If you're one of those people who complain that there’s nothing to watch on TV today even though you have a gazillion channels, you’re not going to be happy with this news – turns out, you’re paying more for cable.
The monthly rate for pay TV has been rising at an average of 6 percent annually and hit $86 a month last year for basic pay and premium-channel TV, according to a reported released Tuesday by market research firm The NPD Group. The uptick in licensing fees - which are the fees cable and satellite providers pay for programs - is driving much of the increase, at a time when consumer household income has hardly budged.
At this rate, NDP estimates consumers will be paying an average of $123 a month in 2015 and $200 a month by 2020.
The study was based on a quarterly electronic survey of 1,000 U.S. households.
Not surprisingly, the rising costs are making many consumers pull the plug on premium television. Today, there are five million fewer U.S. households viewing pay-TV services due to the mortgage crisis, the NDP research found, adding that those who did cancel service were prompted to do so because of economic reasons. But overall, the number of pay-TV subscribers has not declined substantially because of “bulk-service pay-TV contracts with apartment complexes and homeowners’ associations that have allowed pay-TV operators to retain subscriptions in vacant homes,” the study said.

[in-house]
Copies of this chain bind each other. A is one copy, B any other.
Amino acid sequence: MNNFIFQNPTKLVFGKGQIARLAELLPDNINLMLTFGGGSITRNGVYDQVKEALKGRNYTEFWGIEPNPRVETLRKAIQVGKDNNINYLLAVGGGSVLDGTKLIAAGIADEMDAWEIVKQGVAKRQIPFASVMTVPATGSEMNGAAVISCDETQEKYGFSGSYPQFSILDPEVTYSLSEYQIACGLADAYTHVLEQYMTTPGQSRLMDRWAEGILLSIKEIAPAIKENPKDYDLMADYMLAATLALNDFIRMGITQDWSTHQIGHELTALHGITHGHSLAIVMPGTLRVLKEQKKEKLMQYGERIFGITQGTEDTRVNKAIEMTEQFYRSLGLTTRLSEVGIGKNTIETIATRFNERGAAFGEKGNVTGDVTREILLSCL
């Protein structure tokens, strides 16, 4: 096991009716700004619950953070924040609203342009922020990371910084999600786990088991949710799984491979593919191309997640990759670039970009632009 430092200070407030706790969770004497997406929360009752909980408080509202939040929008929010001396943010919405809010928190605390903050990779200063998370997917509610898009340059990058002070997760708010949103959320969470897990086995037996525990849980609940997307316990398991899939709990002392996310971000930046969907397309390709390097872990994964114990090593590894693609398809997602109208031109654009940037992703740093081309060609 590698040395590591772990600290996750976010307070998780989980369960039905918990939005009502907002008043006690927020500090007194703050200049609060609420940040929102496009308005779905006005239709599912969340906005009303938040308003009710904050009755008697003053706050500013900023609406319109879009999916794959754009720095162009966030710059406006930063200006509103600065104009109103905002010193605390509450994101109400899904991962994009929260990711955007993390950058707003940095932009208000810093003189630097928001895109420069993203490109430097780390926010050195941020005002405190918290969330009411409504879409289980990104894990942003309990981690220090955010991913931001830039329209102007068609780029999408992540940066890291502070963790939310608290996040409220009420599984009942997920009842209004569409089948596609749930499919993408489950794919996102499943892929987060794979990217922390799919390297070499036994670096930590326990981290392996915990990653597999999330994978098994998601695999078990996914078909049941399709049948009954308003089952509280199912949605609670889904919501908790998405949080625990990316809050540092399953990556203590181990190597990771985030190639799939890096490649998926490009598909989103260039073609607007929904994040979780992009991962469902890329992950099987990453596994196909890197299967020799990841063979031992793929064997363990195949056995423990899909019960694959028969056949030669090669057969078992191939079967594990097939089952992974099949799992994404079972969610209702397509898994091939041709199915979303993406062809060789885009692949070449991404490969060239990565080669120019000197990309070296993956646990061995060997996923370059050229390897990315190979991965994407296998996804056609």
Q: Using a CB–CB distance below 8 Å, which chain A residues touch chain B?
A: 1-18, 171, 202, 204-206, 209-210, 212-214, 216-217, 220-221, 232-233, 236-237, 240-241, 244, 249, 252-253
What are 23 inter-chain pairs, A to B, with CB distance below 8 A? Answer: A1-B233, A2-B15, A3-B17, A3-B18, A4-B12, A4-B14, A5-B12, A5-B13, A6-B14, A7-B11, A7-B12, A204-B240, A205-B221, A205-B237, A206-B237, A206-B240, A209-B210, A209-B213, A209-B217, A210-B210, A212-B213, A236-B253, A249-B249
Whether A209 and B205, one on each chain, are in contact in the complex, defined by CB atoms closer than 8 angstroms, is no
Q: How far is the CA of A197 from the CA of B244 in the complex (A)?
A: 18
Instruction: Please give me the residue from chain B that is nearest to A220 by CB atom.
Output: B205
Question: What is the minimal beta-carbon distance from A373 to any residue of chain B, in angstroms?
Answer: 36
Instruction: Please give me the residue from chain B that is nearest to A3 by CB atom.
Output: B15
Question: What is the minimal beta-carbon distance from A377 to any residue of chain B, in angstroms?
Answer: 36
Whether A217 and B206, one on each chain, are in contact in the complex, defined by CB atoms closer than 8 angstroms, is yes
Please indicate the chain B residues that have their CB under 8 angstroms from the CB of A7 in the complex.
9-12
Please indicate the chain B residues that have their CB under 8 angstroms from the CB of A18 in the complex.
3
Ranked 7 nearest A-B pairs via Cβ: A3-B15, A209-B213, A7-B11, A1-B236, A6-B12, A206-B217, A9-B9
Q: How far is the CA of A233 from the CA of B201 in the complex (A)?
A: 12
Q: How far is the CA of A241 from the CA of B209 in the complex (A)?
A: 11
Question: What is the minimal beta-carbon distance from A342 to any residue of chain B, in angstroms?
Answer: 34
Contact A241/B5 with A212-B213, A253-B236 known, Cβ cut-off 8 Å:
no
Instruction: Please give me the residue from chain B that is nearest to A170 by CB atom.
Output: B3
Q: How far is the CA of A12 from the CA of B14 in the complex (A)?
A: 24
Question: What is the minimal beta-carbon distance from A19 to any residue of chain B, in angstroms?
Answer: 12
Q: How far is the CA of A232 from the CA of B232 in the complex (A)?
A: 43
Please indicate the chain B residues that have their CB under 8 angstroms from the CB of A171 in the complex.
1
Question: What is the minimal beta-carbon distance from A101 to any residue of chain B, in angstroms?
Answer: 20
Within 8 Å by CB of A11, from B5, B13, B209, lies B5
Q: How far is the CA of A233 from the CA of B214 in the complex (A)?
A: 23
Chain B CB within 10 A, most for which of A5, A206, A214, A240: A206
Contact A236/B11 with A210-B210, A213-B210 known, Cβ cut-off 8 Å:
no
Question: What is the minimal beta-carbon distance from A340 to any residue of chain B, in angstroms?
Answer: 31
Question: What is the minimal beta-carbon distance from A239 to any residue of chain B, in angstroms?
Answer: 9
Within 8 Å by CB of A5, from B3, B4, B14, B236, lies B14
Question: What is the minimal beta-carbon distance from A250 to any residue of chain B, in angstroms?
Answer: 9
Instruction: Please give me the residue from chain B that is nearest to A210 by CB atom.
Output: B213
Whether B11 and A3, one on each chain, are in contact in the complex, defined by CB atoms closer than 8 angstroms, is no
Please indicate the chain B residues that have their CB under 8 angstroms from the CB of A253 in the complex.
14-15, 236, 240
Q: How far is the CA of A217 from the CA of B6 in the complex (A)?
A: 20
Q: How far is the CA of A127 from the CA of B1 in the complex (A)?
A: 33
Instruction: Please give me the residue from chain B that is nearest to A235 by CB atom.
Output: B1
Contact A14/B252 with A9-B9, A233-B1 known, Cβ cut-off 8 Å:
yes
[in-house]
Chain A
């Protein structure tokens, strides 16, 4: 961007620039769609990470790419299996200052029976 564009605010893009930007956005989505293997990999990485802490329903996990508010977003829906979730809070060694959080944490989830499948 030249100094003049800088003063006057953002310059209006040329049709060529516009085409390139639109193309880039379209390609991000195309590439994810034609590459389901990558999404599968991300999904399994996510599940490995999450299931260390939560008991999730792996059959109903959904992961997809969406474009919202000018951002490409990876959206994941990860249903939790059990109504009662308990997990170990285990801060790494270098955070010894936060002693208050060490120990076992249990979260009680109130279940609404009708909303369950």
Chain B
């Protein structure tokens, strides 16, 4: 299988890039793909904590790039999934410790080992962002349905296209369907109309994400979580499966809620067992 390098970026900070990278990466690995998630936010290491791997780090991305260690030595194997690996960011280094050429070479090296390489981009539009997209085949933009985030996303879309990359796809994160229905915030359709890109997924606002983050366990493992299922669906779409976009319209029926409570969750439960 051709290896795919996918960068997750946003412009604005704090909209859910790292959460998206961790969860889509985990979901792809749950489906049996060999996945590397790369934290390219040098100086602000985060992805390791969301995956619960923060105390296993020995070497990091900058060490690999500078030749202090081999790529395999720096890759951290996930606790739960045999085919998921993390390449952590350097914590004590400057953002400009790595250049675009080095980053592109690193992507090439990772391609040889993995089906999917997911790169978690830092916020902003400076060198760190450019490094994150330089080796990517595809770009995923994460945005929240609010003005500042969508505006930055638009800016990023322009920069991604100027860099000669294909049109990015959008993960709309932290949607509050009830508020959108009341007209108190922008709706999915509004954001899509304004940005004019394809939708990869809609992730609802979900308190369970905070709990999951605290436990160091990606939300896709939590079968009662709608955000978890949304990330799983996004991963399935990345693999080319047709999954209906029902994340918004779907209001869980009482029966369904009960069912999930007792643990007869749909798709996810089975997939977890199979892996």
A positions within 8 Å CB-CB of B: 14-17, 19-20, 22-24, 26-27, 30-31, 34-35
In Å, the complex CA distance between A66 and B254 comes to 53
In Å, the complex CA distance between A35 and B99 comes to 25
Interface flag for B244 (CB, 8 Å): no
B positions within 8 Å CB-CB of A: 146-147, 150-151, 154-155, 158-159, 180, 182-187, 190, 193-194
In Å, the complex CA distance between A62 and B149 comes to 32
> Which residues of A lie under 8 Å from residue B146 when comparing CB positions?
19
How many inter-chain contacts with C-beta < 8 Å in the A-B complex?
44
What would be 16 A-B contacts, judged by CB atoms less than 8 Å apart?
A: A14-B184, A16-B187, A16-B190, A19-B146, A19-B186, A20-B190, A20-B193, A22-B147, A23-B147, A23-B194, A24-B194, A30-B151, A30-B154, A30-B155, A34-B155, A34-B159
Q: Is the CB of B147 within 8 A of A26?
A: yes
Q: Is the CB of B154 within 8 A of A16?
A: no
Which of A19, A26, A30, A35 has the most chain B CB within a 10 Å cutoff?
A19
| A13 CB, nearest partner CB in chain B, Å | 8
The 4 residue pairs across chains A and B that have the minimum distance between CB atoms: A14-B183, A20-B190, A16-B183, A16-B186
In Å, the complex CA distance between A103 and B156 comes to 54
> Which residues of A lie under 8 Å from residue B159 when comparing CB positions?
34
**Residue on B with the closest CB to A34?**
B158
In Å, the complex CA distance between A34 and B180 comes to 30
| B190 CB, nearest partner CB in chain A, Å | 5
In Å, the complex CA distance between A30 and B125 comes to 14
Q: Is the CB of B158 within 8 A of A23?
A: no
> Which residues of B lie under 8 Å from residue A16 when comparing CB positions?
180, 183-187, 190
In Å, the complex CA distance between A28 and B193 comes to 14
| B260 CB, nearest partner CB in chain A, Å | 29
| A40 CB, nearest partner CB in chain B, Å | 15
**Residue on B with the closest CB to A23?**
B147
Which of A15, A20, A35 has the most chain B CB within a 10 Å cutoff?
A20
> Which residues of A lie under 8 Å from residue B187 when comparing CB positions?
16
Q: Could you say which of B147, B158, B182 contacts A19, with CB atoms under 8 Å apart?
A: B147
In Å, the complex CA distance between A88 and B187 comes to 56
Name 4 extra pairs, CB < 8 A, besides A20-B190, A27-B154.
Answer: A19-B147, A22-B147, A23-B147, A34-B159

Among the pay-TV cord cutters, most are still viewing their favorite shows via free Internet TV, traditional free broadcasting, and video-on-demand services such as Netflix, NDP reported.
The growth of lower-cost options, as well as cash-strapped consumers, is the reason the total number of subscribers of paid TV dropped to 100.9 million in the second quarter of last year, compared to 101.4 million in the ﬁrst quarter, according to a IHS Screen Digest report released in September.
“As pay-TV costs rise and consumers’ spending power stays flat, the traditional affiliate-fee business model for pay-TV companies appears to be unsustainable in the long term,” said Keith Nissen, research director for NDP. “Much needed structural changes to the pay-TV industry will not happen quickly or easily; however, the emerging competition between S-VOD (subscription video-on-demand) and premium-TV suppliers might be the spark that ignites the necessary business-model transformation of the pay-TV industry.”
Indeed, something’s got to give: $200 a month for cable may end up getting some consumers pulling out their dusty old rabbit ears; that is, if they still work with digital TV.
What do you think about the rising cost of pay TV? What's your solution? Let us know on Facebook.